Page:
Funny thing, I almost believe she did. On one visit, toward the end of our time together, Mom became tired and overwhelmed by the lot of us. It was Mother’s Day, and we had brought the kids, who were still toddlers and turning everything into a jungle gym. She began to fret, asking to return to her room.

“I need to talk to Grama,” she said, turning her face to the wall.

Velma had been dead five years. But mom mumbled away like she was there with her in the room.

Mom died just three months later.

Perhaps it was Velma there with her, in that cramped hospital room.

Perhaps she kept her promise, after all, providing comfort and stability to mom’s fractured mind when nothing and no one else could.

Perhaps my mother visits me, too, but in my dreams, figuring into them in such a way that it is as if she never left. We fight and bicker as mothers and daughters do, and we are together.

As if she had never left.

 

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A New Year, A New Objective

January 5, 2016

Blacksburg, Virginia

Sunnyvale, California

Mallibu, California

London, England

South Portland, Maine

Gorham, Maine

Fremont, California

Campbell, California

Somewhere, New Hampshire

The list is really not very long. My husband’s would be twice as long. Considering the first 18 years of my life were covered by only the first two locations. The second half has been a bit more diverse. My life, it appears, has been book-ended by the east coast.

So you see, it’s not such a surprise we’re headed back.

It’s a new year, and this blog has been woefully neglected. I’m thankful for those of you who choose to follow, and care about the words I have to say. So here’s a heads up. I’m not going to be writing anything fancy for a while. Book ideas, article pitches, they’re all going on sabbatical while I live the next six months in the present.

When Huntington’s Disease was looming overhead, I felt this insane panic to be A Writer. I was terrified that I, The Person, would soon be lost to dementia and thus everything that needed to be written or said needed to be written or said NOW.

With that urgency gone, I find it’s time to sit back and look the whole story over again. The last two years, I’ve been telling my story for my sake. For the next six months or so, until we’re settled into our new home, I’m going to be thinking about how I can tell my story for your sake. How can what I’ve experienced benefit others?

This blog began, years ago, with just the bits and dabs of a boy-mom life. We’ll stick with that for now, and I’ll share the adventures of moving, and parenting boys, and yes, shoes, once again. Or rather, boots. Warm boots. Really warm boots….

Happy New Year friends. I hope yous stick around for this next chapter.

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Over Here: Magnifications

December 18, 2015

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Today I’m guest posting for Magnifcations, a blog written by women in ministry for women in ministry. Each member of that writing team is taking an excerpt from the birth narrative and sharing a reflection each day of Advent. Enjoy!

The Vitality of Ritual

Dark and still, the ancient stone walls were breathing and holy. The silence was not oppressive, but peaceful. I dropped a coin into the tiny slot at the base of the pillar and carefully lit a long wooden match. Whispering my prayer, I lit a small votive on the stand before me, one of many bright flames breaking the darkness of the church. Wisps of smoke filtered into the dome above me, as the flame’s very fragrance perfumed the vaults of heaven.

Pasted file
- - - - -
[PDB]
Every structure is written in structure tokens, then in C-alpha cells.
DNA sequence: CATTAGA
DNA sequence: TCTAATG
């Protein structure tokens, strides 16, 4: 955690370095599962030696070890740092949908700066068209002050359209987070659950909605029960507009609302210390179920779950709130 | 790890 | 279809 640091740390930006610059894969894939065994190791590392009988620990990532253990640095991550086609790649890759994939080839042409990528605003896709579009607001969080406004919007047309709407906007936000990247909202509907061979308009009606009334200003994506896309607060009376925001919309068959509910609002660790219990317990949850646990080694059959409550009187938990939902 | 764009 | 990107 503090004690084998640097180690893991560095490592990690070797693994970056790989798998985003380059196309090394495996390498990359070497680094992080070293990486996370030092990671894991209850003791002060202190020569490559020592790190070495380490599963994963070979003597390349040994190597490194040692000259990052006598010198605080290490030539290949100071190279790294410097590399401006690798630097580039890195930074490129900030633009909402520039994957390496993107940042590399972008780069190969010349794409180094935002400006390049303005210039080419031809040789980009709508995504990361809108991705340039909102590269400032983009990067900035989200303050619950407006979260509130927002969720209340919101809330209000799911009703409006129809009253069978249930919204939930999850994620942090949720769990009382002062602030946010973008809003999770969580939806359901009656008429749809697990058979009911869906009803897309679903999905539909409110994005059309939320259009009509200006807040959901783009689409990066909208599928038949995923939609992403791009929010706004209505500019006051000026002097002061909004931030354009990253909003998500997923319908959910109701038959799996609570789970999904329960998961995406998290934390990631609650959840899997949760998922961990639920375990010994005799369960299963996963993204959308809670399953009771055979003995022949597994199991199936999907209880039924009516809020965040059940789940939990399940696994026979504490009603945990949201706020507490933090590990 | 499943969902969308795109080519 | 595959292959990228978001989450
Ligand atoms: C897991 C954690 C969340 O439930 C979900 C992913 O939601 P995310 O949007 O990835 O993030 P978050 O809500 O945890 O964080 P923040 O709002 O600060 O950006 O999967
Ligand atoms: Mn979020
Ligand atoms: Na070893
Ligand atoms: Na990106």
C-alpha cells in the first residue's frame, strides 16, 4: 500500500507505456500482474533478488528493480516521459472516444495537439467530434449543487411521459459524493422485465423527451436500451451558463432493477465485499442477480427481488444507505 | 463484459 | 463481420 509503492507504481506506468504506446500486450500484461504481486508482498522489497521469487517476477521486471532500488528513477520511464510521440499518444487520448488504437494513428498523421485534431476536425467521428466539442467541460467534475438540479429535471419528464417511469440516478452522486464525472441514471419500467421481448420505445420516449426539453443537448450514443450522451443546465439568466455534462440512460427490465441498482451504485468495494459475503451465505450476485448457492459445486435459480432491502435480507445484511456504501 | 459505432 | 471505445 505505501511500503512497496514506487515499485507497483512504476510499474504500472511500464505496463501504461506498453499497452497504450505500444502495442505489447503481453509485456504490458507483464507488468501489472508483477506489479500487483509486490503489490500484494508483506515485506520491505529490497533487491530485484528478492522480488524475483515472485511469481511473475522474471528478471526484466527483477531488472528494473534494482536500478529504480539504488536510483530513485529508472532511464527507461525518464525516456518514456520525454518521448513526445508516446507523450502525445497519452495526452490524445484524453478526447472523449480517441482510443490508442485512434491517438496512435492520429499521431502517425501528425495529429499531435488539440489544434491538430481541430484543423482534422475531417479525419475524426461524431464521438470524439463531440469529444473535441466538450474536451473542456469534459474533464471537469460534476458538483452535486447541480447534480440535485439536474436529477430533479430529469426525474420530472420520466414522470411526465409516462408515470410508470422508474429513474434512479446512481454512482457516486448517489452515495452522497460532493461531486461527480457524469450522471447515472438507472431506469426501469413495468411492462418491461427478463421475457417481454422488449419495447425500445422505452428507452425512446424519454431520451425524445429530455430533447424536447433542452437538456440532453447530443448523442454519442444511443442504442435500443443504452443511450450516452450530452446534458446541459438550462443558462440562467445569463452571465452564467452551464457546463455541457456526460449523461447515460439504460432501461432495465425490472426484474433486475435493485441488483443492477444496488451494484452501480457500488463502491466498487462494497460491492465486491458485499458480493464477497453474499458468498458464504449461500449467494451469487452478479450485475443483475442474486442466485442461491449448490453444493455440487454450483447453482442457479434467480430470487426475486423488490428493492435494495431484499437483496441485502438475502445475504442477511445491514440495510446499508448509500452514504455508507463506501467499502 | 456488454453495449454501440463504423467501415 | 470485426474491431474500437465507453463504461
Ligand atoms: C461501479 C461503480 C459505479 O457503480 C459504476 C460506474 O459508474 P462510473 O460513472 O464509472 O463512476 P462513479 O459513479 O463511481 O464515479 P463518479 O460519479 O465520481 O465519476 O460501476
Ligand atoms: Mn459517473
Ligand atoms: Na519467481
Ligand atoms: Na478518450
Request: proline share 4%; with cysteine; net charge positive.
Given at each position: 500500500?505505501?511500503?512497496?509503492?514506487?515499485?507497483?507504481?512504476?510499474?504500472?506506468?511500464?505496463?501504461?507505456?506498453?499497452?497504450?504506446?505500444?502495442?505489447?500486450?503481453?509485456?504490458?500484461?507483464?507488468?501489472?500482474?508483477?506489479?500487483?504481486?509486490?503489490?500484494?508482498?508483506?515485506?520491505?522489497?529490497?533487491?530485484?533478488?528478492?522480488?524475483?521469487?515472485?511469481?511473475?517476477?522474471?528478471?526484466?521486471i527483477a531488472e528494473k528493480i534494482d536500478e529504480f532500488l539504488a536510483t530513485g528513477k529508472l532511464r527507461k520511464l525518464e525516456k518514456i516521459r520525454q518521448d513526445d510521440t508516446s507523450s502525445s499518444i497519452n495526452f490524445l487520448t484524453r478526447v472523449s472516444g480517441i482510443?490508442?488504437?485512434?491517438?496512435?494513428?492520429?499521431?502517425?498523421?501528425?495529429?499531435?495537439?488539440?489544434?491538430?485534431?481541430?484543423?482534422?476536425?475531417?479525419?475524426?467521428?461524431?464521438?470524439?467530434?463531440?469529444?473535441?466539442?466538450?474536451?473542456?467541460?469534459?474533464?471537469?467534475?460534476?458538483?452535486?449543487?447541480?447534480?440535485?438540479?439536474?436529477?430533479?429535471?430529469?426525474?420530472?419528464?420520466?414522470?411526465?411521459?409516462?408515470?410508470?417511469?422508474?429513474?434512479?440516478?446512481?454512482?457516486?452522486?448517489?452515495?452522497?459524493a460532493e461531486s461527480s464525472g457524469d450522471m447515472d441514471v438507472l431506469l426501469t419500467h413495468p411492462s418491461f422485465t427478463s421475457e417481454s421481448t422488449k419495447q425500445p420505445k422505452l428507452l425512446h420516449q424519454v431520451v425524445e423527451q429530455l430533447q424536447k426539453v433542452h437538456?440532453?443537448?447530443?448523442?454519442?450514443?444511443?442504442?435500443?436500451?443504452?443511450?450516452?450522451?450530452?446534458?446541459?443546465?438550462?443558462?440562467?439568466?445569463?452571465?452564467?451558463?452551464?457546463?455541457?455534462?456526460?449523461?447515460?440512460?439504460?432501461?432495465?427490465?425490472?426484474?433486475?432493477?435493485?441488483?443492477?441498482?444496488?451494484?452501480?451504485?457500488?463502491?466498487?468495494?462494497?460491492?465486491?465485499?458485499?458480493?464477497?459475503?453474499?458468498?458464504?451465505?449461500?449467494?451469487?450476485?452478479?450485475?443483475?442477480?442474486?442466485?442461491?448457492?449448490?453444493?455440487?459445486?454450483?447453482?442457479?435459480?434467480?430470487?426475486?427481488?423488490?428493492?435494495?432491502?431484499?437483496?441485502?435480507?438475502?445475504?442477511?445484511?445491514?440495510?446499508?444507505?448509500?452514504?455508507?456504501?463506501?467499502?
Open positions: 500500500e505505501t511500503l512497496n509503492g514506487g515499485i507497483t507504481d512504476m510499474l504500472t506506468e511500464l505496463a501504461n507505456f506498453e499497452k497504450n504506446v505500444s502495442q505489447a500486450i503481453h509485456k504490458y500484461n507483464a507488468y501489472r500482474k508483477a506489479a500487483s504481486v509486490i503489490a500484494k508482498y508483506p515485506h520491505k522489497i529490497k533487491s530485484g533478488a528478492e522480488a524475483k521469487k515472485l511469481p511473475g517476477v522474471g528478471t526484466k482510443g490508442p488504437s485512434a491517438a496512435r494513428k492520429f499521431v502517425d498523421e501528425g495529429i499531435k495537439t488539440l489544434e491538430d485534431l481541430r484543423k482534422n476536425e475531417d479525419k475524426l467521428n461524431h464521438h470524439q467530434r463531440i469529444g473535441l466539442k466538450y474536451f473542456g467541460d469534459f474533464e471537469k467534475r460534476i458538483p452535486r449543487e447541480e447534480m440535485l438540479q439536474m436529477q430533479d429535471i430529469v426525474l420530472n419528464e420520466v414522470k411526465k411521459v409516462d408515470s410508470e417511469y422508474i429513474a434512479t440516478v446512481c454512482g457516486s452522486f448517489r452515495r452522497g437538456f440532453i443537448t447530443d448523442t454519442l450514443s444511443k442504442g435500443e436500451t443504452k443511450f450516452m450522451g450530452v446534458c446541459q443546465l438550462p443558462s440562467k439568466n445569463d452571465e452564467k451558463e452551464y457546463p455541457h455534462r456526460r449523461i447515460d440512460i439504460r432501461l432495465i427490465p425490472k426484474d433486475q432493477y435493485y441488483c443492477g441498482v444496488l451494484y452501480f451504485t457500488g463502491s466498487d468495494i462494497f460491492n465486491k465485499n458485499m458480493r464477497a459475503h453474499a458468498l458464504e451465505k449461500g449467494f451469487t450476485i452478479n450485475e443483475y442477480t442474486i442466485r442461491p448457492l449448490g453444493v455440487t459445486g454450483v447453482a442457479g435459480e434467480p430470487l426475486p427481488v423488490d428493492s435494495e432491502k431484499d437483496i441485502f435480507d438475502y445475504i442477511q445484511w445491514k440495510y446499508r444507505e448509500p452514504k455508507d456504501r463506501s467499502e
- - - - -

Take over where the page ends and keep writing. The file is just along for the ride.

There was no magic in that ritual. No special force or mystique. But it had power, that simple act of flame, and smoke, and prayer. As the candle burned, so, too, did my plea to God sear upon my heart. Years later, I carry with me the memory of that moment, still. 

Read more over at Magnifications.org

On Moving: Why Would We Want to Go THERE?!

December 17, 2015

Moving is always an adventure. For some areas more than others…

Our family is headed east next year, the northeast. The seacoast of New Hampshire to be precise.

“GASP! Why would you want to go THERE?!” I’ve been asked, over, and over, and over.

My hunch is, the people who are asking are the people who’ve never been to the New England seacoast. Who wouldn’t want to move there?  Some of our best vacations in the last 10 years have been there, and now we’re going to LIVE THERE. Woot!

Yes, there is snow. An average of 60″ per year, to be exact. But, may I remind you, I lived there before, and I survived. When the roads are icy, we stayed home. When there’s a blizzard, we stayed home. For those days when we couldn’t stay home? Studded tires. Wood-burning fireplaces aren’t illegal, and snow is, in my opinion, far more tolerable than incessant rain. I loved it. I didn’t want to move back to California! Yet, here we are, and now, there we shall go. Returning to my husband’s childhood home, a slower pace, better housing, better schools, beautiful countryside, ocean breezes, lobstah, and…

so much more. Things like….

Elsa Was Here, Lincoln, NH

Be sure and watch the videos….

Corey-Schestak

Tall Ships Parade, Portsmouth, NH

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SANYO DIGITAL CAMERA – yeah, that’s a Spanish galeon.

America’s Stonehenge, Salem, NH

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Built by a Native American Culture or a migrant European population? No one knows for sure. A maze of man-made chambers, walls and ceremonial meeting places, America’s Stonehenge is most likely the oldest man-made construction in the United States (over 4000 years old).

Like Stonehenge in England, America’s Stonehenge was built by ancient people well versed in astronomy and stone construction. It has been determined that the site is an accurate astronomical calendar. It was, and still can be, used to determine specific solar and lunar events of the year.